Getting a GRIP on Homelessness in Richmond, CA

For many of Richmond's low-income families, free meals or help with rent money can mean the difference between staying afloat and homelessness.

Greater Richmond Interfaith Program (GRIP), a nonprofit in the heart of the city that's been helping homeless people and those at risk of becoming homeless for more than 40 years, is one of the few places where they can find help.

At GRIP's Souper Center, just after the lunch rush, baby seats line the wall with bits of soup still fresh on them. Volunteers push blue chairs into place and wipe the tables clean.

More than 200 people visit the Souper Center every day, 365 days a year, for lunch served by GRIP's dedicated volunteers. In another part of the building, a resource center offers showers, phones and washing machines to help about 150 people a day meet their basic hygienic needs.

“People are floating in and out all the time,” said Kia Croom, GRIP's program director, who joined the organization last July after doing similar work in Atlanta.

GRIP's newest program offers assistance to Contra Costa County residents, who have trouble making rent payments or have lost their apartments because of the economy. The nonprofit receives about 30 applications a day from all kinds of people, most of whom have fallen two or three months behind in their rent.

In the past, GRIP's initiatives have ranged from providing rape-crisis counseling to starting farmers' markets. But these days the organization's main goal is to prevent homelessness by making sure people with housing are able to keep it. More and more of the nonprofit's clients are people with jobs and families.

Croom described a recent case “where an older couple found themselves homeless with a one-year-old,” their grandchild.

Contra Costa County has more than 5,000 homeless people, according to Croom. “The city of Richmond by far has the most vulnerable and needy” community of homeless, she noted.

Homelessness is more widespread than many Contra Costa residents realize—or want to admit.

“Certainly there are homeless people in [the western section of the county], and guess where they're coming? They're coming here,” Croom said. “They're coming here from Hercules. They're there coming here from San Pablo, El Cerrito”—even from the affluent enclave of Kensington.

One reason they're coming to GRIP is that budget cuts have made it hard for many service providers and shelters elsewhere in the county to keep their doors open, even as the demand increases every day.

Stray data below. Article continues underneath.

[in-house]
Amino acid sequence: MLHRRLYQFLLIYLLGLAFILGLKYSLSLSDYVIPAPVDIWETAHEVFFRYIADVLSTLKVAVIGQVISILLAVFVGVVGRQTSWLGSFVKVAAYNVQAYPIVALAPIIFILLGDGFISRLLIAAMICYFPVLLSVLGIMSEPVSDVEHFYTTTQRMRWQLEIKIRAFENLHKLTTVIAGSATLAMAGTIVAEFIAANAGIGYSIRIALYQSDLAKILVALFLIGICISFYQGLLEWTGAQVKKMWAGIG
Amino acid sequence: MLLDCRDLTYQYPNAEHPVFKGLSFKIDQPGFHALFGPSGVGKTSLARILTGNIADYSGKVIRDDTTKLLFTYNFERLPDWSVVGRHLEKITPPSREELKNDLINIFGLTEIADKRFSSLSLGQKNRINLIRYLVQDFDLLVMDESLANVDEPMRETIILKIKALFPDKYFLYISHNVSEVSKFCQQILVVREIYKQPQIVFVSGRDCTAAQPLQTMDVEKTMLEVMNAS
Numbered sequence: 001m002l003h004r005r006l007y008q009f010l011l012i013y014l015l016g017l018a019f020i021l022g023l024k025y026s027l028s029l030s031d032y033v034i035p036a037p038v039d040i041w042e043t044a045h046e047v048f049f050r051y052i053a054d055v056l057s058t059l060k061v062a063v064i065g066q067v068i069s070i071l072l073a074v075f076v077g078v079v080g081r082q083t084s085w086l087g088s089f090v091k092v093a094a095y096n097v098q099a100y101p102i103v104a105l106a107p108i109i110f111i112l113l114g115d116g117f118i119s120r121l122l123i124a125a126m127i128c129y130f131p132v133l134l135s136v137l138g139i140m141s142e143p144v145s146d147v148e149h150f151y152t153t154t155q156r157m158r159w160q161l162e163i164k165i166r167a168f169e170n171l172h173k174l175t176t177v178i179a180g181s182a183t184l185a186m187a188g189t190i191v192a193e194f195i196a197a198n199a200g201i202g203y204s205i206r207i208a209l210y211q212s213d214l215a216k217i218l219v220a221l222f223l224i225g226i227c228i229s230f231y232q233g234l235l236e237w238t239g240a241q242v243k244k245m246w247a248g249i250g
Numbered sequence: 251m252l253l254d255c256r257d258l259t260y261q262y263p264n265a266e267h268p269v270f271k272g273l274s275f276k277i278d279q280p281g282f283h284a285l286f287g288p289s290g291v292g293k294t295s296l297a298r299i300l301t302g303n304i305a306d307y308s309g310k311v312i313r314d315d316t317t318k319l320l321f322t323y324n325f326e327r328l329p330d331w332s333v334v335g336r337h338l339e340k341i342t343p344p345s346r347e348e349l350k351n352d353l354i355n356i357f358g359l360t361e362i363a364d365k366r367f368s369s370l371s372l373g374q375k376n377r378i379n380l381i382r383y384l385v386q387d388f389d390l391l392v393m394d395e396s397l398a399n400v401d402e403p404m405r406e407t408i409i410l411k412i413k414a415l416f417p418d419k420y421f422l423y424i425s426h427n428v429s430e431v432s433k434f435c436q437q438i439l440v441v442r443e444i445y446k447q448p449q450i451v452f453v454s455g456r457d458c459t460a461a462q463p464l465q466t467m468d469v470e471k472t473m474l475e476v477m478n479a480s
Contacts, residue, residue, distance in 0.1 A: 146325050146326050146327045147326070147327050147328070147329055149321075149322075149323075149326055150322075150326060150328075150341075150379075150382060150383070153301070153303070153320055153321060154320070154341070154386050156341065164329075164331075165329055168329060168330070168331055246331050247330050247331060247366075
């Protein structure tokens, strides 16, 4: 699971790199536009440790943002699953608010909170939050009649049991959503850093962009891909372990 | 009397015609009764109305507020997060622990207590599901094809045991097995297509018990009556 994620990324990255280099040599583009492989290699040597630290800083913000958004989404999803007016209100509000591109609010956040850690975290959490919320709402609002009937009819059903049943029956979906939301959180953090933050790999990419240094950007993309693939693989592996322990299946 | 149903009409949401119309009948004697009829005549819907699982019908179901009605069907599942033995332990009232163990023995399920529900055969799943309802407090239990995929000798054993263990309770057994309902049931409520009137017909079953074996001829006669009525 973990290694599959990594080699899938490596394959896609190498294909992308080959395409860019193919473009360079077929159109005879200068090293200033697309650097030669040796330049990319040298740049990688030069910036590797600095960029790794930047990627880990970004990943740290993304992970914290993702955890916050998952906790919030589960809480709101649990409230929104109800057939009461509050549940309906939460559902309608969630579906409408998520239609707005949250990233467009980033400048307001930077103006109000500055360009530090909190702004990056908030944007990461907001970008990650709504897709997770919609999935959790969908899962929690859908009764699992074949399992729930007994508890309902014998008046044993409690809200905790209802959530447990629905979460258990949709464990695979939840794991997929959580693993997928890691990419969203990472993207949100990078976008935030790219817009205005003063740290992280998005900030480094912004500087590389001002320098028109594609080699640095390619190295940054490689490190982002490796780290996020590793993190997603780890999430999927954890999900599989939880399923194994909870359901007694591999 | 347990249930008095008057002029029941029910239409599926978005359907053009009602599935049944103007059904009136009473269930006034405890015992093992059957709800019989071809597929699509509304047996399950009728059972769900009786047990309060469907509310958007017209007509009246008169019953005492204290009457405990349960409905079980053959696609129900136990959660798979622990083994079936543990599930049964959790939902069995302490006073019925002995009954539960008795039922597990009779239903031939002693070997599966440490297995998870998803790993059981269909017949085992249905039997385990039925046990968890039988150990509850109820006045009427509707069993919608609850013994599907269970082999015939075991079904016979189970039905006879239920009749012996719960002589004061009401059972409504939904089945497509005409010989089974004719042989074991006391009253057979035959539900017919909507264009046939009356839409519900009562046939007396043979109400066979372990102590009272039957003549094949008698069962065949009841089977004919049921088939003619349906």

GRIP has done as much as it can to fill in the economic gap left by those nonprofits. Still, Croom added, “We are feeling the shocks here.”

At a time of massive budget cuts, GRIP has been able to keep going by shifting its dependency on public funds to private donations. This can be tricky because it requires constant fundraising and tending to relationships with donors.

Thankfully, many community members have been more than willing to help out, even when they have no money to give. Some 44 religious congregations of many faiths and ethnic backgrounds support GRIP by donating supplies and volunteering their time.

“They're bringing spices and things that we need. They're bringing themselves and helping to prepare meals,” Croom said. “We're managing to offset the shocks with these volunteers and donors, [who] have been able to help us during these very tough times.”

Thanks to their efforts, GRIPS's family shelter is able to house about 20 families, or 60 or so people, a night. About half of those clients are children.

Meanwhile, the Homeless Prevention and Rapid Re-housing Program (HPRP) helped 81 families pay their rent in 2010. This year, the program is on pace to spend $60,000—provided by government agencies—to help to keep Richmond's residents in their homes and off the streets.

But after that money is used up, the rental assistance program will no longer be available.

Croom said low-income people in Richmond should visit the website,, to see if they are eligible to apply.

One day recently, a single mother, who didn't want to be named, said that without GRIP, she and her young daughter would have nowhere else to go. They eat lunch at the Souper Center every day and sometimes use the showers.

“I love this place and I think lot of people do,” the woman said, looking at her daughter. “It's really important to Richmond and its residents.”